Review: While I consider myself a theologian, whenever I approach a commentary I first ask "How helpful will this be for sermon preparation?" I have shelves filled with massive tomes of theological data on books of the Bible. Unfortunately, though, scholarly information does not always translate into helpfulness during the daily task of preparing a sermon. Conversely, some commentaries focus so much on the application that they offer little insight to the original meaning of the text.
A cursory look at Garrett's A Commentary on Exodus initially led me to think this would be a commentary filled with technical data that was so extensive it would be too unwieldy to use as a weekly sermon aid.
After I began reading it, though, I'm glad to report my first impression was wrong. The introduction in the commentary is incredibly detailed. This is, of course, helpful for scholars, but not for my purposes as a pastor. In the introduction I received more data and understanding on the overall history and development of Egypt and her dynasties. Garrett gave readers an extended look at the dating options for the book. And while these topics are interesting, they can become exhausting.
Fortunately, the commentary itself is incredibly helpful. The data is laid out in a logical order, which allows the reader to spend time (or skip over) areas of interest. For example, Garrett opens the sections with a translation of the text, complete with extensive footnotes. I can see certain texts might cause me to spend time in those translations. Most often, though, I will skip over them and head to other areas.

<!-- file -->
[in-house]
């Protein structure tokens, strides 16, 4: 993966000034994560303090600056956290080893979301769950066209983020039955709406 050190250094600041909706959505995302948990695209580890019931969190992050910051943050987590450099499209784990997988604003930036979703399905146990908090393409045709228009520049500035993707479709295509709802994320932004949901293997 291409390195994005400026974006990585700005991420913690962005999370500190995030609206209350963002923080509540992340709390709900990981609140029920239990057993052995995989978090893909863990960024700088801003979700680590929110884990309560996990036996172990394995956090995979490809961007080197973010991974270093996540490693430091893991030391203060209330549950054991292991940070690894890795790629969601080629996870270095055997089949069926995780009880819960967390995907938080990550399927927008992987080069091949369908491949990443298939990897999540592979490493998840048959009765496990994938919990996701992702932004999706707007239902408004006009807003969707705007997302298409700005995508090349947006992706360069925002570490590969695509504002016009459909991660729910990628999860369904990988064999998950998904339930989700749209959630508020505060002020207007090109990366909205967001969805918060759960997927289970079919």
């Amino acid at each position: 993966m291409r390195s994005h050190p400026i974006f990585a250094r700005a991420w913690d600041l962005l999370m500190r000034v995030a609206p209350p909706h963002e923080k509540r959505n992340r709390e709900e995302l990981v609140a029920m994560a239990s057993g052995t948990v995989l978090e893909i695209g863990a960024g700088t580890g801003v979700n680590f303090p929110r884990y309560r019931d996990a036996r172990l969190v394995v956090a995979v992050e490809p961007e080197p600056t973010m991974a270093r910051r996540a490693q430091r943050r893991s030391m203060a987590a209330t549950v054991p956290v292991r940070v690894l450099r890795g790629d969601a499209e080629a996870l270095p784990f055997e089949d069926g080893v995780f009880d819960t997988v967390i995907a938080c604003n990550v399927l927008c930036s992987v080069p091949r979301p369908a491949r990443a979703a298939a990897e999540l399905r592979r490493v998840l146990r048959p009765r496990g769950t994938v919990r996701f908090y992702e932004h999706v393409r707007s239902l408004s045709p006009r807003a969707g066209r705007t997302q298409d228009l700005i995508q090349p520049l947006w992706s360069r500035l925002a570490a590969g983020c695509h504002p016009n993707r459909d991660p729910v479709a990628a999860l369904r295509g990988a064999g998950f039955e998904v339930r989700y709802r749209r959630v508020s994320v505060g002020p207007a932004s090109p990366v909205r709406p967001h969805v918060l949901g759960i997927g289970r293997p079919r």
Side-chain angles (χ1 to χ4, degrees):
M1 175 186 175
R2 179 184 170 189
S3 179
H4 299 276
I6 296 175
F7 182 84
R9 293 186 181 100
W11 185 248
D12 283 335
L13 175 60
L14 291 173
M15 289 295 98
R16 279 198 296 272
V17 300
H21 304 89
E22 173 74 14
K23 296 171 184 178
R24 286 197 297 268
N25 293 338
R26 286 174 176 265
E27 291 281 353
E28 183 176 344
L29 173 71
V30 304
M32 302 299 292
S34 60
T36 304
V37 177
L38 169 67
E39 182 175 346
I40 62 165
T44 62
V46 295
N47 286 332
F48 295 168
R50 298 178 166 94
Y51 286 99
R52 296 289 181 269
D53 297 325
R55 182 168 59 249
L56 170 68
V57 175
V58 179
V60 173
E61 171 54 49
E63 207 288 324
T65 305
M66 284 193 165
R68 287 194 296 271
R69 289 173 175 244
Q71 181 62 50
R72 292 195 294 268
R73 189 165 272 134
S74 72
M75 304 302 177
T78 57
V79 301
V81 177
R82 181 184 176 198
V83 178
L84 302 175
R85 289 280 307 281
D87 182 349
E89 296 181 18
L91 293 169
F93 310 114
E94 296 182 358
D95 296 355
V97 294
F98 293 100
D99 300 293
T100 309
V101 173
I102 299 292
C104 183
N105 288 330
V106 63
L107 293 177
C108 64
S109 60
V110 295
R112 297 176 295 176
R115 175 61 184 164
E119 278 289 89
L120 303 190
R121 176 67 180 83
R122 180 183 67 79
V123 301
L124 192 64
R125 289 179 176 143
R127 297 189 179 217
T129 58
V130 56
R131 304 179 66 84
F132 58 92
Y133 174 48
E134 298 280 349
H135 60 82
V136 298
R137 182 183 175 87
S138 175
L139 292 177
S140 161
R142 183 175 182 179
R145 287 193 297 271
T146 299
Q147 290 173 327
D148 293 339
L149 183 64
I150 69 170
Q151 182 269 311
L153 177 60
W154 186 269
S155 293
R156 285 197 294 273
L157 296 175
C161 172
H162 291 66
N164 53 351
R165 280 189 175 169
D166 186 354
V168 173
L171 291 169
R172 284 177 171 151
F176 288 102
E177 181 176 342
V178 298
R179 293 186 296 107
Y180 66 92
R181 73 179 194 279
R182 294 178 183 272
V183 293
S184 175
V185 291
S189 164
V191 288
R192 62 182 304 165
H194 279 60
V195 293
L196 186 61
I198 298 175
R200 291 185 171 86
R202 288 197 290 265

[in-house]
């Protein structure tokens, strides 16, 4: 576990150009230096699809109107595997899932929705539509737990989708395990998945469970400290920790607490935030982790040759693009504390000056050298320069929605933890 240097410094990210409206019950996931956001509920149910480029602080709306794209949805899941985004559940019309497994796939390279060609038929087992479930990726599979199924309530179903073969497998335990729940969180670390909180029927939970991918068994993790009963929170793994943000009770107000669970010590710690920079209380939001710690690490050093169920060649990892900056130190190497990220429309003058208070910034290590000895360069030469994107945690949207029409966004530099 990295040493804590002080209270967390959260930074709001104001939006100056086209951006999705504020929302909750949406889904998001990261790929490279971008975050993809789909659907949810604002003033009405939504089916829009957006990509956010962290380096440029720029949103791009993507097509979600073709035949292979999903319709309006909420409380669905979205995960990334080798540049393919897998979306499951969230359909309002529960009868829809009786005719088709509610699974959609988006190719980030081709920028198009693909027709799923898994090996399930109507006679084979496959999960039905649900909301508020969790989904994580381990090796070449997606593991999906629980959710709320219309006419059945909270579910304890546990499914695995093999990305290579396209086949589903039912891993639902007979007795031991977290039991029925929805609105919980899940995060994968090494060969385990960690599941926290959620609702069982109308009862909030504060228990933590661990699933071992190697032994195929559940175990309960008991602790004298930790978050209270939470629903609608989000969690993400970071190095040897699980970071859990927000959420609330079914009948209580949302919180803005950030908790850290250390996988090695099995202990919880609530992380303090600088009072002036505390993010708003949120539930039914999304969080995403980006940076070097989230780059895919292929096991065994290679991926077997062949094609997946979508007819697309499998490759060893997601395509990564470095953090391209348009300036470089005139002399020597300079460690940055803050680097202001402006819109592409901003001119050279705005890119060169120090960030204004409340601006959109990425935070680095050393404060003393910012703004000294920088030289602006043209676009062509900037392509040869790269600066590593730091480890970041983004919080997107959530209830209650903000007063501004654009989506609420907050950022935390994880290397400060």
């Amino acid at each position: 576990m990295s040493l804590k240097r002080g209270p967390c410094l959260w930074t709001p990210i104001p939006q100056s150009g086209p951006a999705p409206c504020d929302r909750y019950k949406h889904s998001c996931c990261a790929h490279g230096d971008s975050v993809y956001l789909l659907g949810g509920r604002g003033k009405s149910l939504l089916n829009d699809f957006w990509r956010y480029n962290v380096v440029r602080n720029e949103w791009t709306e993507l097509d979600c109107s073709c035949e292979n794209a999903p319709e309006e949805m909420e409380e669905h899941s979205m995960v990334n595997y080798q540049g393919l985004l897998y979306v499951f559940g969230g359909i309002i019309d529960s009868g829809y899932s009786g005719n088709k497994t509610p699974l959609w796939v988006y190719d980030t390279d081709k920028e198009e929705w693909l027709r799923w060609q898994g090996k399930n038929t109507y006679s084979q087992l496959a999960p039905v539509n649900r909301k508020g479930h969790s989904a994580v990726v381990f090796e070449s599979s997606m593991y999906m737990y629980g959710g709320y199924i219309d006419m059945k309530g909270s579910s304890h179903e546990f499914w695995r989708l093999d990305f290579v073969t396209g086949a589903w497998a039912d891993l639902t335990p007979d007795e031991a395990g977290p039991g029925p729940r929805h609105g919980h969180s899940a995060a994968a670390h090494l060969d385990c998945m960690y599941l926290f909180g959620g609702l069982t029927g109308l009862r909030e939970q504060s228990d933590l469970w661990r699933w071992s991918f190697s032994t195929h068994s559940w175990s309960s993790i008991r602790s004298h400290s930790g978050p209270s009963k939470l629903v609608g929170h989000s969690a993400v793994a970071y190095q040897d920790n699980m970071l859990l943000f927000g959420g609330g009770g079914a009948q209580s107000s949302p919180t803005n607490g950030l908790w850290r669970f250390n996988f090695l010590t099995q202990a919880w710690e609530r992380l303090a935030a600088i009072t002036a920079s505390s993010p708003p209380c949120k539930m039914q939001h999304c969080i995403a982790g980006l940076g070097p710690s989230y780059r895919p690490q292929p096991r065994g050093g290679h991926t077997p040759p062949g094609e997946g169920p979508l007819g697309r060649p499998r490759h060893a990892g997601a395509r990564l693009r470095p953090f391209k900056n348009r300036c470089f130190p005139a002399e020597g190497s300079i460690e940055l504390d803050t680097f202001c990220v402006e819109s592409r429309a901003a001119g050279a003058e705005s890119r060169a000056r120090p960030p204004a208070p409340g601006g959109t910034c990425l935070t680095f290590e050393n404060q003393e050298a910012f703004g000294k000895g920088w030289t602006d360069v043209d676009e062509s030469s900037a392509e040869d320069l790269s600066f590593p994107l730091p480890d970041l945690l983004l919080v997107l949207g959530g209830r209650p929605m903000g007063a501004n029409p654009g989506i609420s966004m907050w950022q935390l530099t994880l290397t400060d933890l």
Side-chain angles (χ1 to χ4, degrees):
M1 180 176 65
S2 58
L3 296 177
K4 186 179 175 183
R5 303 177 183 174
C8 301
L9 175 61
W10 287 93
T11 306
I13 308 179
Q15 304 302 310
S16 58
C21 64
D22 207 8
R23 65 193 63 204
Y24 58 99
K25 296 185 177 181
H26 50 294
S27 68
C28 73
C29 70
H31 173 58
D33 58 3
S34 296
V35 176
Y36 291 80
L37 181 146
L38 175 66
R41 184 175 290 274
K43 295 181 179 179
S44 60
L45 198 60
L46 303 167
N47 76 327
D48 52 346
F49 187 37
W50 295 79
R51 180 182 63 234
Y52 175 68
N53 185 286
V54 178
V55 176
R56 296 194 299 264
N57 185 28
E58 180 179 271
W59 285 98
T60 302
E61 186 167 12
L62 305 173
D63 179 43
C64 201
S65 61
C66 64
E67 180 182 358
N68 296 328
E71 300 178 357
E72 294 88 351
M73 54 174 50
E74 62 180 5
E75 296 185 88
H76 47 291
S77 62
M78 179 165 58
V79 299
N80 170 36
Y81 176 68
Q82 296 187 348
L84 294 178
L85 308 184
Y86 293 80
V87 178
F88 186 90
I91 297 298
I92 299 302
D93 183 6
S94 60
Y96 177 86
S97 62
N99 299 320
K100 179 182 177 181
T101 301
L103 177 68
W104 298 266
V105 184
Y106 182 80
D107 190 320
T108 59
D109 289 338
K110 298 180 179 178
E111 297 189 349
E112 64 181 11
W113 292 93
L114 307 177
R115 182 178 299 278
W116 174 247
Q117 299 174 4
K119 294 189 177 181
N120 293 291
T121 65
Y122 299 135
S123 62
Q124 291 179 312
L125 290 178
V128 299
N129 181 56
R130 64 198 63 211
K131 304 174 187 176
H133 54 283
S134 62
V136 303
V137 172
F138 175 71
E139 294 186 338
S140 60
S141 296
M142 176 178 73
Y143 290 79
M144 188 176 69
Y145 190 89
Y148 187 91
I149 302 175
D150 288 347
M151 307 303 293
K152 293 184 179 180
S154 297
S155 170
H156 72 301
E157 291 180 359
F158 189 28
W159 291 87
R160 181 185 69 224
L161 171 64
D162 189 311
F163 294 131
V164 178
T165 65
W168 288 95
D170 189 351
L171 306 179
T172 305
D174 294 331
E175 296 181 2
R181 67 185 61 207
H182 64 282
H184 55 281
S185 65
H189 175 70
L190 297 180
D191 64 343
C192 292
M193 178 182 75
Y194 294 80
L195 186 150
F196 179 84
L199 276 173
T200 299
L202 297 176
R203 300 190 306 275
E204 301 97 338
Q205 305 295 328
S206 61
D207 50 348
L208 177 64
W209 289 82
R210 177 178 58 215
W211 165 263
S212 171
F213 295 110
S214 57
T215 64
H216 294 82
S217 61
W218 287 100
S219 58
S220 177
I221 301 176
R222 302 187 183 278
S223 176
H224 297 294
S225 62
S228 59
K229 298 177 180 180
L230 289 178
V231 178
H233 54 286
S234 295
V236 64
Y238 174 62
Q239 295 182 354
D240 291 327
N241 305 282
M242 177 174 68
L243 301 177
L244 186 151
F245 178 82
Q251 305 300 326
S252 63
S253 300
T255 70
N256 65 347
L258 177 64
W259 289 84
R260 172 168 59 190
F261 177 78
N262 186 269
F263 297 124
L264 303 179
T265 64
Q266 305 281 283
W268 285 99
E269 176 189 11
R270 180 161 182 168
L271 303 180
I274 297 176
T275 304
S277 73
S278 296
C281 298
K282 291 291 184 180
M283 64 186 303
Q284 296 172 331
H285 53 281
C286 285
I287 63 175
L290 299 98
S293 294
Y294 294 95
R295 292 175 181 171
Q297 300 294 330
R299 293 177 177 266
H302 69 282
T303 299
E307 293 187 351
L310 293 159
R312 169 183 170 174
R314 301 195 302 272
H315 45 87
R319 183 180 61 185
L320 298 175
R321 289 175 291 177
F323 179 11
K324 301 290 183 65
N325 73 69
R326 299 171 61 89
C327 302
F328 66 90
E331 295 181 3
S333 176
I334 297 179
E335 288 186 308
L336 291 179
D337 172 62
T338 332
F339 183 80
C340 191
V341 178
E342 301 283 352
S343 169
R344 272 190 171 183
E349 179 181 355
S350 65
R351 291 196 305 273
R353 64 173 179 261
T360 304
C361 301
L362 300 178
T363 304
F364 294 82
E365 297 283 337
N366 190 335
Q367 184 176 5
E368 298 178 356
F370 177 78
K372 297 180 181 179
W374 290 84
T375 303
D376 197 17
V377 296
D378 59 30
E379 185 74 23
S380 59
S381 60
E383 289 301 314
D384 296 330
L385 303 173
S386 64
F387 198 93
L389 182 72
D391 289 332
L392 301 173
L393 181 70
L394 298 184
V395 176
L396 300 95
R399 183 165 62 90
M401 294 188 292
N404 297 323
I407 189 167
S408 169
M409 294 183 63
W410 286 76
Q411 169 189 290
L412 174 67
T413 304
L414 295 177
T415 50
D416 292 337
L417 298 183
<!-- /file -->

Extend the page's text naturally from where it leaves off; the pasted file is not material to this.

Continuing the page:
I like Garrett's exegesis style. his sentences are concise, but filled with information. He packs quite a bit of data into a small space. He also rightly exegesis the meaning of the text to the original audience, but then will help New Testament believers understand how this text informs (and transforms) their walk with Christ.
Dr. Garrett also inserts appropriate excursuses throughout the commentary. I particularly enjoyed the excursus on why the ten plagues were not each a direct attack on specific, individual Egyptian gods (but were collectively an attack on all of Egypt's gods). His handling of the "hardening of Pharaoh's heart" difficulty was also very informing.
When the time comes to preach through Exodus, I am looking forward to utilizing this wonderful tool.
Rating: 5/5 (I loved it)
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